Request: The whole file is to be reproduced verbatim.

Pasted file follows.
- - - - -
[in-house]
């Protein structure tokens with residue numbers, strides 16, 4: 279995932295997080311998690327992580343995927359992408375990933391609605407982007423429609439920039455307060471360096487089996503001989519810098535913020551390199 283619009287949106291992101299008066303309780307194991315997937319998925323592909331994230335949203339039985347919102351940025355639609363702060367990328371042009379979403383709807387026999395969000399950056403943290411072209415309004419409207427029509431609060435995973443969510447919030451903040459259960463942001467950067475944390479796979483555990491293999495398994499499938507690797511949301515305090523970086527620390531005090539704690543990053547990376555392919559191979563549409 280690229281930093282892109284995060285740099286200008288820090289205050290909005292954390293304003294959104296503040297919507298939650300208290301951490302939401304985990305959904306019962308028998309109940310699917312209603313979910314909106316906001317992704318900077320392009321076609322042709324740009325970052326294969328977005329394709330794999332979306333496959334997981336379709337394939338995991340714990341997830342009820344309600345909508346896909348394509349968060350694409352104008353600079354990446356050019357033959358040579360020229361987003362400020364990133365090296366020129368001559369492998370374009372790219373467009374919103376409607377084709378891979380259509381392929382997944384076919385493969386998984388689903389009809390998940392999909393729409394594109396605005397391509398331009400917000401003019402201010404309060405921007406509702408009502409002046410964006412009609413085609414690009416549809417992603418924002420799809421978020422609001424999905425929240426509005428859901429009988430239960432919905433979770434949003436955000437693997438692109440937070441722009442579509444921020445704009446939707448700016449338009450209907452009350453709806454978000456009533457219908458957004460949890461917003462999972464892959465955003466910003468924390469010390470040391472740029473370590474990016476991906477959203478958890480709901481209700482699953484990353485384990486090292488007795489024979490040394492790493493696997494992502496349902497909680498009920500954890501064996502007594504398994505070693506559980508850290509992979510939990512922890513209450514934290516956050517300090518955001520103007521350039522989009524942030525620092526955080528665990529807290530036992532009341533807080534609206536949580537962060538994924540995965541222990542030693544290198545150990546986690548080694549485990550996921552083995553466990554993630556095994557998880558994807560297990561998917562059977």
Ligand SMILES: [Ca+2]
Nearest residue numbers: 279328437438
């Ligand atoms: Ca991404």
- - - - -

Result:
[in-house]
């Protein structure tokens with residue numbers, strides 16, 4: 279995932295997080311998690327992580343995927359992408375990933391609605407982007423429609439920039455307060471360096487089996503001989519810098535913020551390199 283619009287949106291992101299008066303309780307194991315997937319998925323592909331994230335949203339039985347919102351940025355639609363702060367990328371042009379979403383709807387026999395969000399950056403943290411072209415309004419409207427029509431609060435995973443969510447919030451903040459259960463942001467950067475944390479796979483555990491293999495398994499499938507690797511949301515305090523970086527620390531005090539704690543990053547990376555392919559191979563549409 280690229281930093282892109284995060285740099286200008288820090289205050290909005292954390293304003294959104296503040297919507298939650300208290301951490302939401304985990305959904306019962308028998309109940310699917312209603313979910314909106316906001317992704318900077320392009321076609322042709324740009325970052326294969328977005329394709330794999332979306333496959334997981336379709337394939338995991340714990341997830342009820344309600345909508346896909348394509349968060350694409352104008353600079354990446356050019357033959358040579360020229361987003362400020364990133365090296366020129368001559369492998370374009372790219373467009374919103376409607377084709378891979380259509381392929382997944384076919385493969386998984388689903389009809390998940392999909393729409394594109396605005397391509398331009400917000401003019402201010404309060405921007406509702408009502409002046410964006412009609413085609414690009416549809417992603418924002420799809421978020422609001424999905425929240426509005428859901429009988430239960432919905433979770434949003436955000437693997438692109440937070441722009442579509444921020445704009446939707448700016449338009450209907452009350453709806454978000456009533457219908458957004460949890461917003462999972464892959465955003466910003468924390469010390470040391472740029473370590474990016476991906477959203478958890480709901481209700482699953484990353485384990486090292488007795489024979490040394492790493493696997494992502496349902497909680498009920500954890501064996502007594504398994505070693506559980508850290509992979510939990512922890513209450514934290516956050517300090518955001520103007521350039522989009524942030525620092526955080528665990529807290530036992532009341533807080534609206536949580537962060538994924540995965541222990542030693544290198545150990546986690548080694549485990550996921552083995553466990554993630556095994557998880558994807560297990561998917562059977």
Ligand SMILES: [Ca+2]
Nearest residue numbers: 279328437438
């Ligand atoms: Ca991404």